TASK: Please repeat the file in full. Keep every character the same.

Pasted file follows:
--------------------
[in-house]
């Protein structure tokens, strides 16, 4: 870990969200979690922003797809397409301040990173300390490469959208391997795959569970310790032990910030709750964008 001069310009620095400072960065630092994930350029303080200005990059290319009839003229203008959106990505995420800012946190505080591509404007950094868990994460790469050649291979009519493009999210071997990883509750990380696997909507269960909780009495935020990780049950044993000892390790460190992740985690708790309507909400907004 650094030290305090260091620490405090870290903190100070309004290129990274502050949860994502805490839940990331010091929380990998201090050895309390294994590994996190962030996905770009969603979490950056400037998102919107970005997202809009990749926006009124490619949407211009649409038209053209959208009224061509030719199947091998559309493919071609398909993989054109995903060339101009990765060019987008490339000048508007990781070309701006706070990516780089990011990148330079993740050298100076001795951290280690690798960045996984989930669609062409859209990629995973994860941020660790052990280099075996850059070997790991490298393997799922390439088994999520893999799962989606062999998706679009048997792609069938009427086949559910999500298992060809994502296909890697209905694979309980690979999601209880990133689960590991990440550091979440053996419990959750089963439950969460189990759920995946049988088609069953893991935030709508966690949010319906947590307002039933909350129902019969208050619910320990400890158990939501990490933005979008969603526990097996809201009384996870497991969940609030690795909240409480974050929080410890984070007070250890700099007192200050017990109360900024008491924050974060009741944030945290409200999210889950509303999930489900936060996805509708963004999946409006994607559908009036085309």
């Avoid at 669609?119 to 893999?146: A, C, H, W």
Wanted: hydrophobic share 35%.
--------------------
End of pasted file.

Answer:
[in-house]
């Protein structure tokens, strides 16, 4: 870990969200979690922003797809397409301040990173300390490469959208391997795959569970310790032990910030709750964008 001069310009620095400072960065630092994930350029303080200005990059290319009839003229203008959106990505995420800012946190505080591509404007950094868990994460790469050649291979009519493009999210071997990883509750990380696997909507269960909780009495935020990780049950044993000892390790460190992740985690708790309507909400907004 650094030290305090260091620490405090870290903190100070309004290129990274502050949860994502805490839940990331010091929380990998201090050895309390294994590994996190962030996905770009969603979490950056400037998102919107970005997202809009990749926006009124490619949407211009649409038209053209959208009224061509030719199947091998559309493919071609398909993989054109995903060339101009990765060019987008490339000048508007990781070309701006706070990516780089990011990148330079993740050298100076001795951290280690690798960045996984989930669609062409859209990629995973994860941020660790052990280099075996850059070997790991490298393997799922390439088994999520893999799962989606062999998706679009048997792609069938009427086949559910999500298992060809994502296909890697209905694979309980690979999601209880990133689960590991990440550091979440053996419990959750089963439950969460189990759920995946049988088609069953893991935030709508966690949010319906947590307002039933909350129902019969208050619910320990400890158990939501990490933005979008969603526990097996809201009384996870497991969940609030690795909240409480974050929080410890984070007070250890700099007192200050017990109360900024008491924050974060009741944030945290409200999210889950509303999930489900936060996805509708963004999946409006994607559908009036085309």
């Avoid at 669609?119 to 893999?146: A, C, H, W």
Wanted: hydrophobic share 35%.